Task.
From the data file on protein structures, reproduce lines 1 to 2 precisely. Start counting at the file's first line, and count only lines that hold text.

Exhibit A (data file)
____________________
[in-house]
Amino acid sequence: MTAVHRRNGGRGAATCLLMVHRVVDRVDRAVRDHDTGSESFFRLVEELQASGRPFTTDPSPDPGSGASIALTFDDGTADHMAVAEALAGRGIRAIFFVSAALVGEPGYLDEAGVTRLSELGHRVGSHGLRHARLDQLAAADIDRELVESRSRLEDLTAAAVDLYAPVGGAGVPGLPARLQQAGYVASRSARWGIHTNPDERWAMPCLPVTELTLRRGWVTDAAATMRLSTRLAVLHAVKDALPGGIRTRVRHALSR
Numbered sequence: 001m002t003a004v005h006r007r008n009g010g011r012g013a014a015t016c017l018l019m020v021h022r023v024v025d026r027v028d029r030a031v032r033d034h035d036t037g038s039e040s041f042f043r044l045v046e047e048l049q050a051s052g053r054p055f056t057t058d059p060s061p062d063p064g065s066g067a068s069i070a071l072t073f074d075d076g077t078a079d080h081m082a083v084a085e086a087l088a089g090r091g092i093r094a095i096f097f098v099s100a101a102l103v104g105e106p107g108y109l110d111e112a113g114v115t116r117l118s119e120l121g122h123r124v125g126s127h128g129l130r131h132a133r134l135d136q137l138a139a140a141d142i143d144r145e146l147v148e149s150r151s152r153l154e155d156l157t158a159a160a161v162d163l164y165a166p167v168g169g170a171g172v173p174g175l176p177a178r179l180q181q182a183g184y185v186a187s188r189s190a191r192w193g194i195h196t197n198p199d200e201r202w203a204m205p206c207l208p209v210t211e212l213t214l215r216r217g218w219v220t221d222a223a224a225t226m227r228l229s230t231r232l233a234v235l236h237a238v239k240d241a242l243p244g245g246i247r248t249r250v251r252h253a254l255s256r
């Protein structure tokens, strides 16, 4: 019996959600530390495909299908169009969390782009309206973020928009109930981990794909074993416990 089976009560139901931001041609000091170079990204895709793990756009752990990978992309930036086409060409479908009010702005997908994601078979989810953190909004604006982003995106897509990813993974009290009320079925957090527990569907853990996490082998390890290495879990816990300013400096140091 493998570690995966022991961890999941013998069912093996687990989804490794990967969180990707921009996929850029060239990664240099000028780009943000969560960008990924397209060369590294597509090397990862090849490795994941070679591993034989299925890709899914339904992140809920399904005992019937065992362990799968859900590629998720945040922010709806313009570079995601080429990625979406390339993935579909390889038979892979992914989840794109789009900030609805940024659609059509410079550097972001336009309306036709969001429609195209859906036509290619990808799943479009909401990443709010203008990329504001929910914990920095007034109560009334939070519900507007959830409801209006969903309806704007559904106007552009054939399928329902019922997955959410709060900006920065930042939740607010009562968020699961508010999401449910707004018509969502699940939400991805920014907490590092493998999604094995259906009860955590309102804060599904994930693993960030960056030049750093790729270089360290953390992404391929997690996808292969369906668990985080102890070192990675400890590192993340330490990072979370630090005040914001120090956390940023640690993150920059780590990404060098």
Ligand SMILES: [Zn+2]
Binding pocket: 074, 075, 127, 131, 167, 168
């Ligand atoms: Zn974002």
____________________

[in-house]
Amino acid sequence: MTAVHRRNGGRGAATCLLMVHRVVDRVDRAVRDHDTGSESFFRLVEELQASGRPFTTDPSPDPGSGASIALTFDDGTADHMAVAEALAGRGIRAIFFVSAALVGEPGYLDEAGVTRLSELGHRVGSHGLRHARLDQLAAADIDRELVESRSRLEDLTAAAVDLYAPVGGAGVPGLPARLQQAGYVASRSARWGIHTNPDERWAMPCLPVTELTLRRGWVTDAAATMRLSTRLAVLHAVKDALPGGIRTRVRHALSR